Sometimes I feel sad and lonely for not having a relationship, but at the same time, I feel very lucky to be single, because it gives me free reign to focus on myself and not worry about a partner.
All focus can go into self-healing. I’m not entirely sure that would be possible with me, if I was in a relationship right now.
I am not entirely solo, though. I still have my friendships to work through.
When others share their reality with me (intimacy), I often have a habit of offering advice, or trying to take over and fix things, and change the person, somehow.
However, that is not healthy. In healthy relationships, I can hear their reality and not get overly emotional. I can nurture others in a way that promotes their taking responsibility for theirselves.
LEARNING HOW TO LISTEN, THROUGH SAA MEETINGS
Trying to change others to fit my fantasy/reality is not a healthy behavior. I am fully capable of listening to them share, without me trying to change the way they think or to give advice.
I know this, because I listen to others talk in the SAA and SLAA meetings. I listen and do not try to change them. I can provide support.
So it is not impossible to think I can be healthy. I have already picked up some healthy behaviors already. 🙂
NEEDING TO BE NEEDED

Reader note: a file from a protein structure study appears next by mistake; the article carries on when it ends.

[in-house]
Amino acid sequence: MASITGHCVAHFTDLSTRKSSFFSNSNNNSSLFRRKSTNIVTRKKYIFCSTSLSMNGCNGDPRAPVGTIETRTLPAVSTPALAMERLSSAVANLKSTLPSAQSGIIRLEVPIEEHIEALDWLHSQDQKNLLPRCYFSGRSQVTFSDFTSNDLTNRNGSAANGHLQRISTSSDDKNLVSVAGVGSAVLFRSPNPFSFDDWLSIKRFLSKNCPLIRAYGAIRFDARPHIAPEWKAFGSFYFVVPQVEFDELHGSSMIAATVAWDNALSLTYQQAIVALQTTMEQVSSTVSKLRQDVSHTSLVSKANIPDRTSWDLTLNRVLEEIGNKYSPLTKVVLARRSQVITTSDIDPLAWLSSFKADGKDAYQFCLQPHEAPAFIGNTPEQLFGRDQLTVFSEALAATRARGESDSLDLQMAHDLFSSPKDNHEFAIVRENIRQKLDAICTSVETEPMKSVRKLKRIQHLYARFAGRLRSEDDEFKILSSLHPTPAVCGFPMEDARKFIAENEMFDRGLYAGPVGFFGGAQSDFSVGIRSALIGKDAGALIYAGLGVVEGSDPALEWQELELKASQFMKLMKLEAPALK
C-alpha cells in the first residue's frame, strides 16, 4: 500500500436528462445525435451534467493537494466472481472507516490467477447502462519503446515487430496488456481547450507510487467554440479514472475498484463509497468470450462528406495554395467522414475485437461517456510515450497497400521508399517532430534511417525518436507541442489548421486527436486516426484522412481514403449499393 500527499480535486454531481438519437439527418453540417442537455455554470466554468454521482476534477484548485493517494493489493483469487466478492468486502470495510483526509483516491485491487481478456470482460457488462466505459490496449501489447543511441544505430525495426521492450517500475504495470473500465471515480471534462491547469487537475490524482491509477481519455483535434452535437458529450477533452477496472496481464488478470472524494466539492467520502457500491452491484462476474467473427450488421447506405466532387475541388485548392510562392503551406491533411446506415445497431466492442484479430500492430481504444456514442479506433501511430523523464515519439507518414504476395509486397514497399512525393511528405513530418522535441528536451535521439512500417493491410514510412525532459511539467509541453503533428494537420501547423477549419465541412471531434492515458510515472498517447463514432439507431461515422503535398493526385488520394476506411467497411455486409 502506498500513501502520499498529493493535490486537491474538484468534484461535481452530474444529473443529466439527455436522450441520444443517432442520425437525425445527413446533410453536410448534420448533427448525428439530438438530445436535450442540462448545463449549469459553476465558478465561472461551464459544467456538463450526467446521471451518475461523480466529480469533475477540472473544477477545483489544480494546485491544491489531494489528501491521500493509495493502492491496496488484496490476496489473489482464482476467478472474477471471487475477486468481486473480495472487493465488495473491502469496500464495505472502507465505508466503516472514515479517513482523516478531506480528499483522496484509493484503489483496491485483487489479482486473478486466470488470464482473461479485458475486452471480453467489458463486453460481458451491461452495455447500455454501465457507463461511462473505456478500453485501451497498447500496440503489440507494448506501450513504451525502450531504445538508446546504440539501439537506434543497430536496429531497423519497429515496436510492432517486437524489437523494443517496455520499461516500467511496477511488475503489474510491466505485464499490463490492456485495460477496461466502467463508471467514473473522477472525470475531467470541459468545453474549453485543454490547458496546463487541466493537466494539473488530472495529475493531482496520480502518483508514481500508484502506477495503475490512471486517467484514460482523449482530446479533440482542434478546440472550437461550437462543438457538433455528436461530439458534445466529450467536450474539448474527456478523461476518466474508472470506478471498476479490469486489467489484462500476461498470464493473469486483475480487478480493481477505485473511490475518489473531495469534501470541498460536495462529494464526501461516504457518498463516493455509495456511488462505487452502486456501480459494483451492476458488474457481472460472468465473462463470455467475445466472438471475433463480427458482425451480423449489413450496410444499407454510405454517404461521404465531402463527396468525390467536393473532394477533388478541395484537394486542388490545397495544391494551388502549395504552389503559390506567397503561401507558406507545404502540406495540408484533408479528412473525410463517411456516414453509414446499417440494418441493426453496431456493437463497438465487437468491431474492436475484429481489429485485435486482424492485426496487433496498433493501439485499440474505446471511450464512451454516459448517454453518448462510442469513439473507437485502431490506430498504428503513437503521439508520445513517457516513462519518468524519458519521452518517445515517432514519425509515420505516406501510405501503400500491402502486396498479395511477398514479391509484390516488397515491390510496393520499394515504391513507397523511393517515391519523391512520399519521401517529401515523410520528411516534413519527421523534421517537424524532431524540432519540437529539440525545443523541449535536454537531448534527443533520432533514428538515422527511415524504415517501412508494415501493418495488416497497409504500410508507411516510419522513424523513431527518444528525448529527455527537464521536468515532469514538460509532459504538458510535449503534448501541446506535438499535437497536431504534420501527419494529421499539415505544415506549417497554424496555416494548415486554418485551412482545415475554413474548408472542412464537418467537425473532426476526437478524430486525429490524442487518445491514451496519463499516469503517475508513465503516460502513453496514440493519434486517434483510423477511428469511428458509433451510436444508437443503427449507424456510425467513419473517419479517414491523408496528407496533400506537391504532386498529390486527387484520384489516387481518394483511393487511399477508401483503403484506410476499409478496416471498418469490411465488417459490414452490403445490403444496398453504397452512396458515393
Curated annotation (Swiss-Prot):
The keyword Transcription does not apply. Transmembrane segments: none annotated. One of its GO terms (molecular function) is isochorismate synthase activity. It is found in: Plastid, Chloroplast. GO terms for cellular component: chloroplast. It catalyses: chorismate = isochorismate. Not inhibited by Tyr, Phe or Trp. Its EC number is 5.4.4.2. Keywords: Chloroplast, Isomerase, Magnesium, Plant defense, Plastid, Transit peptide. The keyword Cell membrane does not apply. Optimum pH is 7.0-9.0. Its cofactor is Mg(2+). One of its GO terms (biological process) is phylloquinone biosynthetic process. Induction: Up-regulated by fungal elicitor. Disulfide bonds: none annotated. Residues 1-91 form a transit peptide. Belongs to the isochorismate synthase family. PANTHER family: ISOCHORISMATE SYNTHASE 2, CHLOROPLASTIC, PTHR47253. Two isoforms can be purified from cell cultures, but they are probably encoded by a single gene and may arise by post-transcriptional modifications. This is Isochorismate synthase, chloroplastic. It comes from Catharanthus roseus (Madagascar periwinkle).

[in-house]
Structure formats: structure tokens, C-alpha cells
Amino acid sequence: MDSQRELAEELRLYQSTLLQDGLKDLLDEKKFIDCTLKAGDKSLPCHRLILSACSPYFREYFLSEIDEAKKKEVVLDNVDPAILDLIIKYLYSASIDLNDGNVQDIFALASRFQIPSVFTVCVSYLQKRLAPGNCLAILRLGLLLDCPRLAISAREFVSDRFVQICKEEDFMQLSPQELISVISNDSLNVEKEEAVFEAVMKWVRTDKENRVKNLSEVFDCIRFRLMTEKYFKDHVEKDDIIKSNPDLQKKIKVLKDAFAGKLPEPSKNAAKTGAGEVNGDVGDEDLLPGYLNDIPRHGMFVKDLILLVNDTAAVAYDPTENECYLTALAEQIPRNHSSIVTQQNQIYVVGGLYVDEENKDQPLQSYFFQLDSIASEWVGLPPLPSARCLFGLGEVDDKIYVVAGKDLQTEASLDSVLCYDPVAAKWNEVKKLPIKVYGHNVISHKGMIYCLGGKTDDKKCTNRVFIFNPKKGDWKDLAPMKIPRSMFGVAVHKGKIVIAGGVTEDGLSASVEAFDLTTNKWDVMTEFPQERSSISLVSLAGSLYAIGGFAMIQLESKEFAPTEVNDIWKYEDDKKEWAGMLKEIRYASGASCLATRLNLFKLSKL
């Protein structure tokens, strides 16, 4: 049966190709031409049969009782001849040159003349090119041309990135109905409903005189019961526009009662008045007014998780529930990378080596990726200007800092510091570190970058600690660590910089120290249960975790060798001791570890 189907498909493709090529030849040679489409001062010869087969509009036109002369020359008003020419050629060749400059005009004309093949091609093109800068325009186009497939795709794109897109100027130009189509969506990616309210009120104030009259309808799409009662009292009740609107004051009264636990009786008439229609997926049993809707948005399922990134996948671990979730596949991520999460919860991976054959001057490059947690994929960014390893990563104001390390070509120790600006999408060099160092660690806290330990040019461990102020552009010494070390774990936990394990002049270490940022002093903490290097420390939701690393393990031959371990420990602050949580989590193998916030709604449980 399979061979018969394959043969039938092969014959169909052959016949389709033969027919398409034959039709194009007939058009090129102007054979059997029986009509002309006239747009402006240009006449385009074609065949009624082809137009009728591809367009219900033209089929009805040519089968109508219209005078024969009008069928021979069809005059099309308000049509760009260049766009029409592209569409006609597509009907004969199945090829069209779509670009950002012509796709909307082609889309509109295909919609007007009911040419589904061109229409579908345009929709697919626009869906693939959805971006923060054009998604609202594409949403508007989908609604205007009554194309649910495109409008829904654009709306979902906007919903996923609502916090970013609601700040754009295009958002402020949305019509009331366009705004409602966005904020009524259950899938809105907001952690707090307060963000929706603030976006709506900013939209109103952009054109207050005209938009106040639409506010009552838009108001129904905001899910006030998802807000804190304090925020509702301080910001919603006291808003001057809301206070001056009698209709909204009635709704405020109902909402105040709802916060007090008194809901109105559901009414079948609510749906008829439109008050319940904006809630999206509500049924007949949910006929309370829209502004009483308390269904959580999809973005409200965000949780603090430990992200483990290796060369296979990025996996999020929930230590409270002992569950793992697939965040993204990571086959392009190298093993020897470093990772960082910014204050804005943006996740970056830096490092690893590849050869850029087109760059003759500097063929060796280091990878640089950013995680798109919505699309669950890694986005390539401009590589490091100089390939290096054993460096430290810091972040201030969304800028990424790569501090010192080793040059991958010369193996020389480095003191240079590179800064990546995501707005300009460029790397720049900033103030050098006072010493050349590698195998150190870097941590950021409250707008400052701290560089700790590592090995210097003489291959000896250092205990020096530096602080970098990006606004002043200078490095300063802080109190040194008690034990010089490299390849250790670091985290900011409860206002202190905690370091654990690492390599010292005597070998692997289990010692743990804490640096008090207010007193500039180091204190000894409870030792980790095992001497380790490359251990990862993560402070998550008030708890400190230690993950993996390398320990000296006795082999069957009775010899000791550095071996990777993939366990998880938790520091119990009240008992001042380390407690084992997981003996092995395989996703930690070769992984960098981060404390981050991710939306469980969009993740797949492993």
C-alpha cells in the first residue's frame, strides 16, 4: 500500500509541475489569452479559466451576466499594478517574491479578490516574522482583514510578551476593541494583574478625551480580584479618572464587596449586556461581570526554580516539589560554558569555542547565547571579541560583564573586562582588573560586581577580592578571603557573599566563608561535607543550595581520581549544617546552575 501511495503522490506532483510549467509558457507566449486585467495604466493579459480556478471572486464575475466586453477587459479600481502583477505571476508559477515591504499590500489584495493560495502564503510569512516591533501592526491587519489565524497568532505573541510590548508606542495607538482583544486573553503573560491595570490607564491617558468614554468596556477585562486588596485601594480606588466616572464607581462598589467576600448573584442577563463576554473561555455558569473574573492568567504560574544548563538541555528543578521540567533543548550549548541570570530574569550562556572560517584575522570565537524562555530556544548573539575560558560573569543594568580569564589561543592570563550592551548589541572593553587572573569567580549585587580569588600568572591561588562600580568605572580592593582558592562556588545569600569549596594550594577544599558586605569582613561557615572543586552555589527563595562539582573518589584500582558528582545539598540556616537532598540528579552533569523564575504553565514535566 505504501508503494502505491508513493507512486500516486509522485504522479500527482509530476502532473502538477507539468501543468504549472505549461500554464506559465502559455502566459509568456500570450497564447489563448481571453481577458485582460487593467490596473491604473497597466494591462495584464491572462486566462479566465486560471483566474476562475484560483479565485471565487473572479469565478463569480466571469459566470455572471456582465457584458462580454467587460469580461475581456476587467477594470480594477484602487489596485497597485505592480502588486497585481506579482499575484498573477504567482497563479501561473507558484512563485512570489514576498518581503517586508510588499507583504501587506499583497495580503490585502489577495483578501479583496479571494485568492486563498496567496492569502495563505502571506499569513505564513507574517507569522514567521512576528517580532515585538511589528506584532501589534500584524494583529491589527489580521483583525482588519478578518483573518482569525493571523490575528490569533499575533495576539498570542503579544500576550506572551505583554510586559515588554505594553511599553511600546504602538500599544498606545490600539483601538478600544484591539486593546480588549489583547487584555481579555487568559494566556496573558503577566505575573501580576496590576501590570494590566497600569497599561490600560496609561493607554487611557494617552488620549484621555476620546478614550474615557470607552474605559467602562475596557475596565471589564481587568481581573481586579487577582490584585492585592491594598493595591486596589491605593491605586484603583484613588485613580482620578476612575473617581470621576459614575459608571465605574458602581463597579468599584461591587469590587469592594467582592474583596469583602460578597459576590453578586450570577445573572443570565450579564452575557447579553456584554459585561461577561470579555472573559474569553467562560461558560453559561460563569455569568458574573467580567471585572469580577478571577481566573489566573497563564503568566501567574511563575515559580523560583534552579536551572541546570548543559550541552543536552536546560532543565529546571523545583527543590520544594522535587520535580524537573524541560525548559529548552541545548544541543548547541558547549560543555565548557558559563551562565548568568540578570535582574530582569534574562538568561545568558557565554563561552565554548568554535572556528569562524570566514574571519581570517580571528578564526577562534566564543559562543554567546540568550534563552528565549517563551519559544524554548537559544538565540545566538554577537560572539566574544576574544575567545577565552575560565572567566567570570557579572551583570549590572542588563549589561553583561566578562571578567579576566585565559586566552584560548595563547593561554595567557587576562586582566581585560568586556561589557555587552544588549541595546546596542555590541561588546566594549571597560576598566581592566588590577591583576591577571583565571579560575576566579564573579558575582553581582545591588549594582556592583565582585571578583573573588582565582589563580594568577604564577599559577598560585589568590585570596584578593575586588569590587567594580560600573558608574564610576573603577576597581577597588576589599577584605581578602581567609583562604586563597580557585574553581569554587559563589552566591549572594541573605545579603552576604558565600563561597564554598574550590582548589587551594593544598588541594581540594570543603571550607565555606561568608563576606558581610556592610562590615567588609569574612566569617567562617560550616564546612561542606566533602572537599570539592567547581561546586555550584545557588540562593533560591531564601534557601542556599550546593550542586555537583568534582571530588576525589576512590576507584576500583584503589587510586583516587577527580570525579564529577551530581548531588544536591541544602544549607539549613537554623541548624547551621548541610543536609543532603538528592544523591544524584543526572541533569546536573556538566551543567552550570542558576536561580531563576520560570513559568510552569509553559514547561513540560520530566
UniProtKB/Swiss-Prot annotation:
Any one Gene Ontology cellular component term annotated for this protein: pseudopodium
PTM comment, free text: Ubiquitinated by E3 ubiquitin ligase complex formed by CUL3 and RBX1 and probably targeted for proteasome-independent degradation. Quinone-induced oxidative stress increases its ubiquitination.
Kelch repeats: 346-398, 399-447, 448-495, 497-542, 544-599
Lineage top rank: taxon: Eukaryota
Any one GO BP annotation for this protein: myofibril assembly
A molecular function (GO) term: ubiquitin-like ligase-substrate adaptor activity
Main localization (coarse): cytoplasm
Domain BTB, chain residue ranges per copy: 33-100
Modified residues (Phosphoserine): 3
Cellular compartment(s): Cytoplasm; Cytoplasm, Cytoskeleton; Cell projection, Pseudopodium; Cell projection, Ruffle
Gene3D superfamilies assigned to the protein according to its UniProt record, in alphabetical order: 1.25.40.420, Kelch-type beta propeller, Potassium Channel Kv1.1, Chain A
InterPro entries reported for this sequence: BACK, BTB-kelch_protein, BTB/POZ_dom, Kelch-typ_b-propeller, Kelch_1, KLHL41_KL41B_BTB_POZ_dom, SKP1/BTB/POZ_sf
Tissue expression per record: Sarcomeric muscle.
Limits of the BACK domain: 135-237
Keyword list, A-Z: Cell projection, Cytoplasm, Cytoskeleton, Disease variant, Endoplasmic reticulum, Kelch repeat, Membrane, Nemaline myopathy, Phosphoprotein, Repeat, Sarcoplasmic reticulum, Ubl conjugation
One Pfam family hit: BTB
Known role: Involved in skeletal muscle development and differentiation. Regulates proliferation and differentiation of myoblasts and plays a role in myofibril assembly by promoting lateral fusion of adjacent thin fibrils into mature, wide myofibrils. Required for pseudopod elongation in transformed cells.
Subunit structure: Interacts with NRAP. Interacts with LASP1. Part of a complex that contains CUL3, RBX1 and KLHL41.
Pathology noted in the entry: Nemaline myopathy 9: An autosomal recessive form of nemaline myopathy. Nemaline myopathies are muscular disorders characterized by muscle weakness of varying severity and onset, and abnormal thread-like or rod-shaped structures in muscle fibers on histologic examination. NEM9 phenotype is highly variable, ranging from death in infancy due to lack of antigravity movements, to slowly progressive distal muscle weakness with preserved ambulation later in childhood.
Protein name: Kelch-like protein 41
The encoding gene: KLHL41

My psychologist once asked me if I needed to be needed. The answer is yes. I swing into people’s lives, rescue them, then disappear. [I even used to think I was a real “angel” and that the purpose of my life was to save/rescue others.] But changing people robs them of the right to take control of their own lives. It stops me from seeing who they really are.
Am I addicted to fixing things and solving problems? I keep extremely busy with self-help books. I wonder if I am not content—if I look constantly for something to do, or fix, or solve.
Maybe a few simple video games or puzzles will keep me from trying to fix or change my relationship partners and friends.
I have a great sense that I can heal. I can do this. I have a lot of hope right now, and I’m figuring stuff out.
Note to self: Ask Meadows what to ask for, when looking for an addiction therapist.